Wakefield was also tied up with the Canterbury settlement several years later when my DILLON ancestors arrived at that settlement’s port of Lytelton in 1851 on the ship CORNWALL, the 18th settler ship to that colony about a year after the so-called ‘first four ships.’ Thomas Harford DILLON and two younger brothers were baptised during the voyage of the CORNWALL. If you think it was a job and a half discovering that Thomas was born on the FIFESHIRE and then baptised on the CORNWALL…you’d be right.

    Descendants of the First Four Ships to Canterbury can get a bit sniffy and precious about it sometimes. I once spoke to such a person regarding family history, and in answer to her query about when my ancestors got to Christchurch I said that my DILLONs had arrived in December 1851. The old biddy in a condescending way started going on about her lot’s arrival on one of the first four ships and didn’t stop. Eventually I shut her up by pointing out that my DILLONs actually arrived in new Zealand many years before hers!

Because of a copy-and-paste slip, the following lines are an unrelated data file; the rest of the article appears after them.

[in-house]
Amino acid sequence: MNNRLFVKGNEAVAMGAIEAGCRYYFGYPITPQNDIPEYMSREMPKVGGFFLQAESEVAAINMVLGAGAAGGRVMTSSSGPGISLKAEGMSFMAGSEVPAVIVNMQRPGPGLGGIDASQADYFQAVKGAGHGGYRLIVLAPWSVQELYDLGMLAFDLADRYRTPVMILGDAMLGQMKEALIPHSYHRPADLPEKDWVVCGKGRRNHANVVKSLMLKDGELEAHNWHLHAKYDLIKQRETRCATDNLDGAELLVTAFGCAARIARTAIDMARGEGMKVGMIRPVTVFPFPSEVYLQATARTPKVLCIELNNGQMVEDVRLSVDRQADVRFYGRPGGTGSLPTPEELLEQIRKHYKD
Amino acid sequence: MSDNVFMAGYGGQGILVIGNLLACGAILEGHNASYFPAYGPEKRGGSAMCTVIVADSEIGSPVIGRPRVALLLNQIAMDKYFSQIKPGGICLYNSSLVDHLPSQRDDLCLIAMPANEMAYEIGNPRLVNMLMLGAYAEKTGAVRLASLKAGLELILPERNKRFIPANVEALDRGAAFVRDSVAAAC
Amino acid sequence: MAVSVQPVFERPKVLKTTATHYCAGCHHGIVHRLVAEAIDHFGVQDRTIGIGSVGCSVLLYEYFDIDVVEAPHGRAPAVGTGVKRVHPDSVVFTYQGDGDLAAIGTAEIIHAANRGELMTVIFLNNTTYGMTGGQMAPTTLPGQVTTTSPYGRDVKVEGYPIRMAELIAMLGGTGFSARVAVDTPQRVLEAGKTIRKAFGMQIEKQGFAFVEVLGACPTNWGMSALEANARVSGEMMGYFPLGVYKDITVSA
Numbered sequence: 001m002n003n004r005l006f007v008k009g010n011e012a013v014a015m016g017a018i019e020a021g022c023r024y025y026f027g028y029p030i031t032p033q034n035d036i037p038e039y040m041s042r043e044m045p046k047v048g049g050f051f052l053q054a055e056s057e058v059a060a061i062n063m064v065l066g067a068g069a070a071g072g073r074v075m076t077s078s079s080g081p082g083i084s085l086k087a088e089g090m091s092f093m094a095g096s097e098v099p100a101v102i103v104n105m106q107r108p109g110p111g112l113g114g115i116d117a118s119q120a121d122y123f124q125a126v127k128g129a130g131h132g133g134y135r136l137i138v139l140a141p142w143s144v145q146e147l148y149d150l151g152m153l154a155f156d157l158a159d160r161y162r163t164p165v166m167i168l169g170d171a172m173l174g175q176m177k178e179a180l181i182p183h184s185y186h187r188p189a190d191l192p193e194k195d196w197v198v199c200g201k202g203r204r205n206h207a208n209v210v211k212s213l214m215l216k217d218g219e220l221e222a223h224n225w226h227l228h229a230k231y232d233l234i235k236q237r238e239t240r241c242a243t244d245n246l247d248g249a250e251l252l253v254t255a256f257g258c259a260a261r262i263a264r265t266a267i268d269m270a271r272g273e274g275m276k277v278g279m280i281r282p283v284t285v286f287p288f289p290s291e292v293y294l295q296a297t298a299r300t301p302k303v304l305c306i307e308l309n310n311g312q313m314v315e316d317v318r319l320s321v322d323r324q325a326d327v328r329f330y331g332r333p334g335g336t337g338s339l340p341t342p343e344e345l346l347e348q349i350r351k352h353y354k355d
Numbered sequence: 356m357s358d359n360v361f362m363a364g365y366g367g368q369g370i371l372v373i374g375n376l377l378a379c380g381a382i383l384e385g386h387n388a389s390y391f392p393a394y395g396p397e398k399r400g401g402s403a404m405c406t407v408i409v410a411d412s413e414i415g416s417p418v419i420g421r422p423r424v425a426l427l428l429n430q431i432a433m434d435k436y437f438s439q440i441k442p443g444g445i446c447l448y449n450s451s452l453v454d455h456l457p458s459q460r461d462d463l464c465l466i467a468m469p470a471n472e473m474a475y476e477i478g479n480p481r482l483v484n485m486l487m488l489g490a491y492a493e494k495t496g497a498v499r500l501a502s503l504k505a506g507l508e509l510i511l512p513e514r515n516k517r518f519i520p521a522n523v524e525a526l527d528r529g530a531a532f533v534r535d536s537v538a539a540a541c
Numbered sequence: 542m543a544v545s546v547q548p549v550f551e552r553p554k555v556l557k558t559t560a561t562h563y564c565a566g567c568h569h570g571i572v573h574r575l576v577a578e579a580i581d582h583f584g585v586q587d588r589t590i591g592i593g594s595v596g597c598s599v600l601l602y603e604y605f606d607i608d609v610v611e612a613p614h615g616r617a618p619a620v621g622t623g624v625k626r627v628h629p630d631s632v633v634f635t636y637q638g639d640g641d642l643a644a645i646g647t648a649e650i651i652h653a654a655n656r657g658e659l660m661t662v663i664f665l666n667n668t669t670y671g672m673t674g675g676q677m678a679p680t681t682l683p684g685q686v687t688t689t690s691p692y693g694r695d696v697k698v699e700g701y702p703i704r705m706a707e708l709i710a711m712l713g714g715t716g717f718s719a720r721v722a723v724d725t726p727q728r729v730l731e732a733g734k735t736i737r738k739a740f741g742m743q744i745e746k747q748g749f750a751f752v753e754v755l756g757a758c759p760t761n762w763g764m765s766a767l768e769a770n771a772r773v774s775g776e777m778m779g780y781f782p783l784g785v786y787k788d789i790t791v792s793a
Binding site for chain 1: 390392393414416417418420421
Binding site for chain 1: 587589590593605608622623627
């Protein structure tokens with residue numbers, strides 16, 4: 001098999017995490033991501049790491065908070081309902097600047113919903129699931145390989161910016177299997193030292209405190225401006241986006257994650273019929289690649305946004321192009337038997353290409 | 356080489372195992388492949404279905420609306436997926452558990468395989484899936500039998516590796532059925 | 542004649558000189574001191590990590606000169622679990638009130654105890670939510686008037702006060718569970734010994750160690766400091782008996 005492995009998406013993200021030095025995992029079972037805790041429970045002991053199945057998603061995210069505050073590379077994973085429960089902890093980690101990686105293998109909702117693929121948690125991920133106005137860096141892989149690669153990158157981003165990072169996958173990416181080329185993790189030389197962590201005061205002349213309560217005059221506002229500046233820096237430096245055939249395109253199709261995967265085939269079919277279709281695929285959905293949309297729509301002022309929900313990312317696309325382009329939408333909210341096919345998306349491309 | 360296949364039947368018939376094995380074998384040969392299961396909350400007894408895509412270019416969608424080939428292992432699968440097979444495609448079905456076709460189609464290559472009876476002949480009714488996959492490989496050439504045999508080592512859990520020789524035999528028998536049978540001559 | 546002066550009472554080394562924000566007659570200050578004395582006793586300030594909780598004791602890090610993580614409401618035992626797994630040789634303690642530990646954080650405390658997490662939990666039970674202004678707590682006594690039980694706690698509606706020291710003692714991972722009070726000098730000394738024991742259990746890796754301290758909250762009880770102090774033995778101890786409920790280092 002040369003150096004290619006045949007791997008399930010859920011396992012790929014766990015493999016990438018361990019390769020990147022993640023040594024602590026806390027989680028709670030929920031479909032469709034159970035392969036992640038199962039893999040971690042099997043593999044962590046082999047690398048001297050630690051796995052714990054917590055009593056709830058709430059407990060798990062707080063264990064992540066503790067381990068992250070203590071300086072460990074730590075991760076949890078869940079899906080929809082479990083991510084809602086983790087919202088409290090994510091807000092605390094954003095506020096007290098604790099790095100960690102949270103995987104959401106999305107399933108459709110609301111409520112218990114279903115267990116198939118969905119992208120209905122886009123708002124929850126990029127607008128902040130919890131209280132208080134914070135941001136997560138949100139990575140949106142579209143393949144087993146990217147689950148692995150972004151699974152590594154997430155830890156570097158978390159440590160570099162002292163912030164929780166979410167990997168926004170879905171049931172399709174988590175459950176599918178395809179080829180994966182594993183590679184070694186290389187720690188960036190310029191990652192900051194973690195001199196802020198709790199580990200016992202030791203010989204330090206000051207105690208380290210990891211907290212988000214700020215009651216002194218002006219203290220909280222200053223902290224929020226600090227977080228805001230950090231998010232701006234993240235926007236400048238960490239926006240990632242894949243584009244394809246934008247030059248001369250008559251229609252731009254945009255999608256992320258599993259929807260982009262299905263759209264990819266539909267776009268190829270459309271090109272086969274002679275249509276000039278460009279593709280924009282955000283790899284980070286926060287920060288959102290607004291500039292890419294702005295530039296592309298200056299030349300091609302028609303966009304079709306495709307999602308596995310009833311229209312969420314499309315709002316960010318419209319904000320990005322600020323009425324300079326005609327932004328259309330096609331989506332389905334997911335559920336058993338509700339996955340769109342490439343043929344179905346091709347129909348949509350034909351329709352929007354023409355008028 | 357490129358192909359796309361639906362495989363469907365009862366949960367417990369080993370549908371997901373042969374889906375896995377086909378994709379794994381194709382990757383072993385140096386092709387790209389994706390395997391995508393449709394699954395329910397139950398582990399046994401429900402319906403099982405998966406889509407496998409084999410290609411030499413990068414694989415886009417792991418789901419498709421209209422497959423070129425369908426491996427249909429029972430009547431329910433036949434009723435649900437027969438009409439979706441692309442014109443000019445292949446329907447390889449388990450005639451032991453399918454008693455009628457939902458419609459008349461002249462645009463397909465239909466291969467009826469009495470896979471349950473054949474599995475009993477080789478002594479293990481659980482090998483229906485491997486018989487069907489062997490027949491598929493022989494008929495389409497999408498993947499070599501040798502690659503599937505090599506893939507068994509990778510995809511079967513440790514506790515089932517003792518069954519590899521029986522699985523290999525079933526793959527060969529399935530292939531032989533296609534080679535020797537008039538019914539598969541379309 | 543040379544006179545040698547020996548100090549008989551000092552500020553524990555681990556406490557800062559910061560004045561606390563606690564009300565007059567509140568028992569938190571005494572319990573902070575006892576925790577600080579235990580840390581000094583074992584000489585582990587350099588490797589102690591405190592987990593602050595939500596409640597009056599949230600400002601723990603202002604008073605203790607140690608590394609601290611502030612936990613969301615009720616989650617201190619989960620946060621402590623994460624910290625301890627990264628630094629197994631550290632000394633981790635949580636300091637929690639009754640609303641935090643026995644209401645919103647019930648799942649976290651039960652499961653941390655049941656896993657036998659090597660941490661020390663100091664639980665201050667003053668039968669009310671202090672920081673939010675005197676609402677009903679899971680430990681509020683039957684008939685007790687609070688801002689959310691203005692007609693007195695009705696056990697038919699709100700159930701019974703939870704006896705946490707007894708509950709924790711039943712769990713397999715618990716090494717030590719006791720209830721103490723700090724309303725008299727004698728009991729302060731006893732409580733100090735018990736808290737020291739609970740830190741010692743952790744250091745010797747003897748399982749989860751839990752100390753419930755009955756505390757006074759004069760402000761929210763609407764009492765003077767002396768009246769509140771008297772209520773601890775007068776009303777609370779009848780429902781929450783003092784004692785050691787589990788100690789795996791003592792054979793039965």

What happened was that the nelson settlement took a long time to come right after a slow start due a lack of sufficient land at the beginning, absentee landlords and a brush with the Maoris in a land dispute (because of the lack of land) including the fearsome Te Rauparahau who had got hold of muskets and laid waste to enemy Maori tribes in the days of the traders and whalers prior to organised settlement by the Europeans. The DILLONs arrived 1842 at Nelson but by the end of the decade were back in England. By the 1851 census they were in the Blackfriars area of Southwark south of the Thames just before they had their second go at New Zealand to the new Canterbury settlement. They arrived at the Port of Lyttelton and settled in the new town of Christchurch. By the mid 1860s the DILLONs had all gone from Christchurch. The only reason we are here now is because my father after the war was unsettled and didn’t want to take on the family farm at Opouri Valley which is at the top of the South Island. He stopped in Christchurch for a bit because lots of his old army comrades were there, met my mother, and that was that.